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THE JOY LUCK CLUB: ONLINE NOTES / LITERATURE ANALYSIS
An-Mei is the friend of Suyuan, the mother of Rose Jordan, and the wife of George Hsu. She is intelligent, perceptive, and sensible. She has always understood her position in life and acted according to her conscience. Like Suyuan, she suffered greatly in her earlier life in China. As a child, she had been taken by her mother to the house of Wu Tsing, where her mother was a concubine. Not wanting An-Mei to experience a similar life, her mother kills herself to set An-Mei free. Her death instills courage and strength in An-Mei. She is able to assert her identity and raise her voice against exploitation.
When she comes to America, An-Mei works in a fortune cookie factory, marries George Hsu, and has seven children. Although An-Mei suffers personal loss in her life, she does not turn bitter. When her son, Bing, drowns, she loses faith in God, but not in herself. Because she believes in herself, An-Mei is always willing to reach out a helping hand to others. She helps Lindo Jong to establish herself in America and encourages Jing-Mei to undertake a journey to China to fulfil her mother’s wish. An-Mei also tries to give Rose a similar strength of character to her own. When she sees her daughter suffering because of her husband, she persuades Rose to confront Ted and assert her rights.
Although An-Mei is a scarred woman, she is never defeated. Repeatedly
through the book, she shows her strength of character.
Lindo Jong is the mother of Waverly and the wife of Tin Jong. In all aspects, she is a combination of the old and the new. Although she is a traditionalist, determined to preserve her Chinese heritage, she is also individualistic and encourages her children to be the same. Like Suyuan and An-Mei, Lindo suffered in her early life in China. At a young age, she was married off to a man she did not know or love. Although she was treated poorly by her husband and his family, she was an obedient girl and never contemplated running away from her horrid situation, for she would not want to dishonor the name of her parents. In the end, she concocts a story that allows her to honorably get out of the marriage, which was never consummated.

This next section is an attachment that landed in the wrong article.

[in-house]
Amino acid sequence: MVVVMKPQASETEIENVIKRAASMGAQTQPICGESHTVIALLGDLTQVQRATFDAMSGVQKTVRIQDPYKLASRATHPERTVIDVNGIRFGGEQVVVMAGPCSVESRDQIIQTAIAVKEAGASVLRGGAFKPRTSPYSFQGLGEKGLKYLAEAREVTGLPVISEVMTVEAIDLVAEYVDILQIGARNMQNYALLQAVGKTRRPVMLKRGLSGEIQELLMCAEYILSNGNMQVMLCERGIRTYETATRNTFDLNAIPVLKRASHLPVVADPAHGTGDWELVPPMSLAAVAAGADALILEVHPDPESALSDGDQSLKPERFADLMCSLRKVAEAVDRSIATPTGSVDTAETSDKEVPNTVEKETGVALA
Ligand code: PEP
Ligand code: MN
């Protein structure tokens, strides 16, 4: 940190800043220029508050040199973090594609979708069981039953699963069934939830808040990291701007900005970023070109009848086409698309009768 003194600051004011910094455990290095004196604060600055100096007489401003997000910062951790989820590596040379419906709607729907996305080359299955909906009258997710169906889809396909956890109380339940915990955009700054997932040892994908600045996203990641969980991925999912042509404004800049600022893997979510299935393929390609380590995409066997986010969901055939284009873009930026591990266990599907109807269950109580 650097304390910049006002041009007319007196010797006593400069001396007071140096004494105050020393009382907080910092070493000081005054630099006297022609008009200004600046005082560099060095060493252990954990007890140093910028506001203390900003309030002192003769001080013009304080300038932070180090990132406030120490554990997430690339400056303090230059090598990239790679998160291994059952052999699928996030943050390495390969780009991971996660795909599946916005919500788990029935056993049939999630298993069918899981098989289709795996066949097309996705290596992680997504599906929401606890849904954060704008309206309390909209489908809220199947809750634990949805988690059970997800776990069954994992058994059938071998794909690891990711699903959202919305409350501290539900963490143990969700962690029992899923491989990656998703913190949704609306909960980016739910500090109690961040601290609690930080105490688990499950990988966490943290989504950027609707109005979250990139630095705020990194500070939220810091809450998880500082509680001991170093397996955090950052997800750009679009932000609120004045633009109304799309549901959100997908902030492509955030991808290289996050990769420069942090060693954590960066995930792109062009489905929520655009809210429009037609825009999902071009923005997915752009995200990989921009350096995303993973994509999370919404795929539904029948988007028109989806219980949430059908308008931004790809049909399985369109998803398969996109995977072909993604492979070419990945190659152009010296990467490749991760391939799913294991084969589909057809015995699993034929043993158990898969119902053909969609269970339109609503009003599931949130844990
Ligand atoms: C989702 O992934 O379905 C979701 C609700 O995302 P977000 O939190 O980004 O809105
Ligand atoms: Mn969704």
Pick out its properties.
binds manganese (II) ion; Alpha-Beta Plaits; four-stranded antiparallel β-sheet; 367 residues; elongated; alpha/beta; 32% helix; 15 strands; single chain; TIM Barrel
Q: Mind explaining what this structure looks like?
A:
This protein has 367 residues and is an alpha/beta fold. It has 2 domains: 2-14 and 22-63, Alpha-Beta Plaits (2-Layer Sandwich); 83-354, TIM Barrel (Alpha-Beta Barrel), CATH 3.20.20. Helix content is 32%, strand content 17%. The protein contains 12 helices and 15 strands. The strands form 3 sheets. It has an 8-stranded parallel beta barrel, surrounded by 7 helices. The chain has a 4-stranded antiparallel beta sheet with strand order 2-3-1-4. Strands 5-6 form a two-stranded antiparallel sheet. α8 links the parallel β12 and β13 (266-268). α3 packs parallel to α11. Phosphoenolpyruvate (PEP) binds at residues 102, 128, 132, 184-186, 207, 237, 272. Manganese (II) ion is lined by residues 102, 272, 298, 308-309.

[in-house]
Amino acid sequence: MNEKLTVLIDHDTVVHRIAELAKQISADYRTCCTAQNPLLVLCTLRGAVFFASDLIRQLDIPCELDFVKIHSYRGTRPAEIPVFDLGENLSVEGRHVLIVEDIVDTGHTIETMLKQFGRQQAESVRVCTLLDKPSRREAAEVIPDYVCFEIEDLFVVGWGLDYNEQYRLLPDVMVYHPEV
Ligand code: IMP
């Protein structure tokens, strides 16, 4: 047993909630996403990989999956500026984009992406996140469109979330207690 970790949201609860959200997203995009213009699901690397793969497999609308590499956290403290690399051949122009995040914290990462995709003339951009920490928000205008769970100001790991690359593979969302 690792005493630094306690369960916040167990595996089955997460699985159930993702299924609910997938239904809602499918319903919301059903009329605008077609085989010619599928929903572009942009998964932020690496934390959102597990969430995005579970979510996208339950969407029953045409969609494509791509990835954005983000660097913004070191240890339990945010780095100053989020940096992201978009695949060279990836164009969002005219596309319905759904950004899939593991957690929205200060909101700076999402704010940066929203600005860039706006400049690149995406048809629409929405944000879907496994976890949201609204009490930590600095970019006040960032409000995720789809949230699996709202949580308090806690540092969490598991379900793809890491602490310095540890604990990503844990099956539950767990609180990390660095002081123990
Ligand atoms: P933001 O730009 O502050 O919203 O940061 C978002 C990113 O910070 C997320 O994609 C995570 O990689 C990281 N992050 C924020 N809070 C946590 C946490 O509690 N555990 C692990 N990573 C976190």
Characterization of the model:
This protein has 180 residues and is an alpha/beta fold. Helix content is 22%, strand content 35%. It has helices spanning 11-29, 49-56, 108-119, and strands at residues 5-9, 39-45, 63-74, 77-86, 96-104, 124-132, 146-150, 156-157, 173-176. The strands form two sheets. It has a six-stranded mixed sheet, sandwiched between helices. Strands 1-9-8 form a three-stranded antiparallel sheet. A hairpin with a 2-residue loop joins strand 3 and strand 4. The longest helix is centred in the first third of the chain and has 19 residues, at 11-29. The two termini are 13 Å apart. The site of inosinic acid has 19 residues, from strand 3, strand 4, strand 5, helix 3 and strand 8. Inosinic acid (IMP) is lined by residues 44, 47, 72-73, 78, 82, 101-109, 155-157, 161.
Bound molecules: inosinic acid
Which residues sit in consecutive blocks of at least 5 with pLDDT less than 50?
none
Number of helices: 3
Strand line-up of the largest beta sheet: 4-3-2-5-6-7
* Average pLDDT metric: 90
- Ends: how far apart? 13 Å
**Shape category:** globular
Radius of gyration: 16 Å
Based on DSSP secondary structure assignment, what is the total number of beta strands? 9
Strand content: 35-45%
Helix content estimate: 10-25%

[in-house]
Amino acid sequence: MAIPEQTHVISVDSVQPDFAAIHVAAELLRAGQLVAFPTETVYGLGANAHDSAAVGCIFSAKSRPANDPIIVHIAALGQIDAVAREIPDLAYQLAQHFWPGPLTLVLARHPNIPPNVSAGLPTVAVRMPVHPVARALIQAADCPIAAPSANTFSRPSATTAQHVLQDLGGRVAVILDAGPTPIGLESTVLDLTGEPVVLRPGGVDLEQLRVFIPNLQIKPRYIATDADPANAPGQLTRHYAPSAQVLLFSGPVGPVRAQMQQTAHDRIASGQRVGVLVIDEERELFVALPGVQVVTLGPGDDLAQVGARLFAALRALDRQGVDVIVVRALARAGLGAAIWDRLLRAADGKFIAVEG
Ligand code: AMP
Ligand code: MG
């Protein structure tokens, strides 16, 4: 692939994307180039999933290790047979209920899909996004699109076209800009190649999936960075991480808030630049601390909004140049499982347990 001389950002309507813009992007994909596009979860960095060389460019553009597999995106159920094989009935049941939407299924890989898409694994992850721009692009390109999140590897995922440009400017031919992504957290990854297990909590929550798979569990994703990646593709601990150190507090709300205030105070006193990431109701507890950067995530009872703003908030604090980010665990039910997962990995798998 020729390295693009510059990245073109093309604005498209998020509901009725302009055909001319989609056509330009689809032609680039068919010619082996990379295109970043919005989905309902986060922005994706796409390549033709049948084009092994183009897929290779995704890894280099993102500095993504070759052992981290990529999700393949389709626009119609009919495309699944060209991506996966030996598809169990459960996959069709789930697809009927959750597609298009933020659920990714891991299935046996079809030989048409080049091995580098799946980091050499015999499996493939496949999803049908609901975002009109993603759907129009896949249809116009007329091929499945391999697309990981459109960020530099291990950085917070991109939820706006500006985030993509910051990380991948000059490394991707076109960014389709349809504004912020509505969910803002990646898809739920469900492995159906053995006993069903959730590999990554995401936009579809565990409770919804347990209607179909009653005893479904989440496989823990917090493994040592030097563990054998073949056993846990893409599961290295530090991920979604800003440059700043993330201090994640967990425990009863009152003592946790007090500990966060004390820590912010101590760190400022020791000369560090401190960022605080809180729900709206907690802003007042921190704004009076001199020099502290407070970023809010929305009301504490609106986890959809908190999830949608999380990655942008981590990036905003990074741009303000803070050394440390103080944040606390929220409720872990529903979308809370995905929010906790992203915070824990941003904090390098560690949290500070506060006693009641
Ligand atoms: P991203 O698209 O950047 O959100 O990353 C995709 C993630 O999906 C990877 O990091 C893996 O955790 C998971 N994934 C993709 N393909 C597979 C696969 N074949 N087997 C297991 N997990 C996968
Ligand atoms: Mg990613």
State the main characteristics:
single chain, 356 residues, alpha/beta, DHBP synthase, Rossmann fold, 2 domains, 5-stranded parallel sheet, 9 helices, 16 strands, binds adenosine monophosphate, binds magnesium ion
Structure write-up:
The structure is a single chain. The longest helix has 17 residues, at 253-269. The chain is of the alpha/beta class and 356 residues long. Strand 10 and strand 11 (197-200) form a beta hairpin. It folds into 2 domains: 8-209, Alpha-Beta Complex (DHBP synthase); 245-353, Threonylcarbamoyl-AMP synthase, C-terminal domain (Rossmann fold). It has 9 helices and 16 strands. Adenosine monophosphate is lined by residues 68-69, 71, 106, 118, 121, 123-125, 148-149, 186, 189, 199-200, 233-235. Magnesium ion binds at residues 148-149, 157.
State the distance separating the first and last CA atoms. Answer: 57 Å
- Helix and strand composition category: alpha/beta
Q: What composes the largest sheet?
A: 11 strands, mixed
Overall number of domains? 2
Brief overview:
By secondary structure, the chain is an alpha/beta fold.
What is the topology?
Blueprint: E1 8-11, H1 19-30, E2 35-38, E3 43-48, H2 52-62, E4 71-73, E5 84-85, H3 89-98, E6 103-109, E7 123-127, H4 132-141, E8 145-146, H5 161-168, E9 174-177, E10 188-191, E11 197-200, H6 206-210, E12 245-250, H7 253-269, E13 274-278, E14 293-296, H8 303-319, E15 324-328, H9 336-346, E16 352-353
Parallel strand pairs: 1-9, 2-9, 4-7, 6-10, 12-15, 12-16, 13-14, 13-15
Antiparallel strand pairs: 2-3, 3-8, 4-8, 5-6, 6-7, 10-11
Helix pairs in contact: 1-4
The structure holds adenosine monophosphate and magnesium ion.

A natural thinker, Lindo Jong is intelligent, enterprising, and practical. When she escapes to America, she finds a husband and quickly has three children so she can insure her American citizenship. As a devoted mother, she wants her children to have the best of both the old world and the new. She encourages Waverly to be the best she can be and is pleased when she becomes a chess prodigy. Her expectations for her daughter are so high that Waverly resents Lindo and her interference, but she longs for her approval and blessing. When Waverly decides to marry Rich Shields, she fears telling Lindo about her plans, but she knows she must have her mother’s approval. To Waverly’s surprise, Lindo blesses the union and even tries to impress Waverly’s future in-laws, in order to please her daughter.
In every way, Lindo proves she is a wise and determined woman and a
Ying-ying is the mother of Lena Livotny and the wife of Clifford St Clair. During the course of the novel, she evolves from a wild youth to a cautious and disillusioned woman. Growing up in a wealthy Chinese family, she admits that she was a tiger in search of its prey. She married the wrong man at a young age. When she became pregnant, he deserted her for another woman, causing her to become disillusioned and bitter. She aborts her unborn child and goes to live in poverty and squalor with her cousins. Her body is alive, but her spirit is dead.
Ying-ying marries Clifford St. Clair even though she does not love him for
many years. When she has a daughter, she overprotects her because she
feels insecure. As a result, Lena grows up and is unable to stand up for
herself. She also fears her mother’s disapproval. As an adult, she dreads
her mother coming for a visit, for she knows that Ying-ying will be critical
of her new home and her shallow marriage. In truth, Ying-ying is critical
because she wants something better for Lena than what she has experienced
herself. She knows what it is like to endure unhappiness, and she wants
more for her daughter. As a result, she encourages Lena to stand up to
her insensitive husband and tell him that she is not happy with their
dull, mechanized marriage. In the end, Lena understands and appreciates
her mother’s spirit.
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. 09 May 2017